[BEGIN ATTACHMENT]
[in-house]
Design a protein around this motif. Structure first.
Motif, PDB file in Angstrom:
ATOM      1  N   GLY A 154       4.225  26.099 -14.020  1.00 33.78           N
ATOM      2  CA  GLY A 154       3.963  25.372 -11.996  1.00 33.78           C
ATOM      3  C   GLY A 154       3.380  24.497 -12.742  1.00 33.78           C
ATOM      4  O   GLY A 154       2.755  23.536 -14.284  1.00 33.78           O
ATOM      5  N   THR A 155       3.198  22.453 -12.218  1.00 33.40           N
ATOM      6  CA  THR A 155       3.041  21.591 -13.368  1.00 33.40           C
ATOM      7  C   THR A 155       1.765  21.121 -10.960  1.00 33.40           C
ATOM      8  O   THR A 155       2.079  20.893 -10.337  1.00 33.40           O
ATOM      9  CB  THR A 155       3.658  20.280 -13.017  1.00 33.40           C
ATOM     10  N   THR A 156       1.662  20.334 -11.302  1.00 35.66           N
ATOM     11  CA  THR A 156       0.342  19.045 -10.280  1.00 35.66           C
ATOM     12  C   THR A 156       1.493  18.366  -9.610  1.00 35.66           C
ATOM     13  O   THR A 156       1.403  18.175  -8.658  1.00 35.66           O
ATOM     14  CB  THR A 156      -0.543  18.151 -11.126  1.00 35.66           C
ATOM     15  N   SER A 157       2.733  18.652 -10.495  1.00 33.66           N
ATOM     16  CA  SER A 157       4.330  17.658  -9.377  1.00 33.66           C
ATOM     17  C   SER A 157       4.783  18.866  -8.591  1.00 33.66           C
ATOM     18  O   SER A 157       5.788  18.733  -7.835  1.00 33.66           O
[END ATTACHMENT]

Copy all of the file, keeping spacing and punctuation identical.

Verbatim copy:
[in-house]
Design a protein around this motif. Structure first.
Motif, PDB file in Angstrom:
ATOM      1  N   GLY A 154       4.225  26.099 -14.020  1.00 33.78           N
ATOM      2  CA  GLY A 154       3.963  25.372 -11.996  1.00 33.78           C
ATOM      3  C   GLY A 154       3.380  24.497 -12.742  1.00 33.78           C
ATOM      4  O   GLY A 154       2.755  23.536 -14.284  1.00 33.78           O
ATOM      5  N   THR A 155       3.198  22.453 -12.218  1.00 33.40           N
ATOM      6  CA  THR A 155       3.041  21.591 -13.368  1.00 33.40           C
ATOM      7  C   THR A 155       1.765  21.121 -10.960  1.00 33.40           C
ATOM      8  O   THR A 155       2.079  20.893 -10.337  1.00 33.40           O
ATOM      9  CB  THR A 155       3.658  20.280 -13.017  1.00 33.40           C
ATOM     10  N   THR A 156       1.662  20.334 -11.302  1.00 35.66           N
ATOM     11  CA  THR A 156       0.342  19.045 -10.280  1.00 35.66           C
ATOM     12  C   THR A 156       1.493  18.366  -9.610  1.00 35.66           C
ATOM     13  O   THR A 156       1.403  18.175  -8.658  1.00 35.66           O
ATOM     14  CB  THR A 156      -0.543  18.151 -11.126  1.00 35.66           C
ATOM     15  N   SER A 157       2.733  18.652 -10.495  1.00 33.66           N
ATOM     16  CA  SER A 157       4.330  17.658  -9.377  1.00 33.66           C
ATOM     17  C   SER A 157       4.783  18.866  -8.591  1.00 33.66           C
ATOM     18  O   SER A 157       5.788  18.733  -7.835  1.00 33.66           O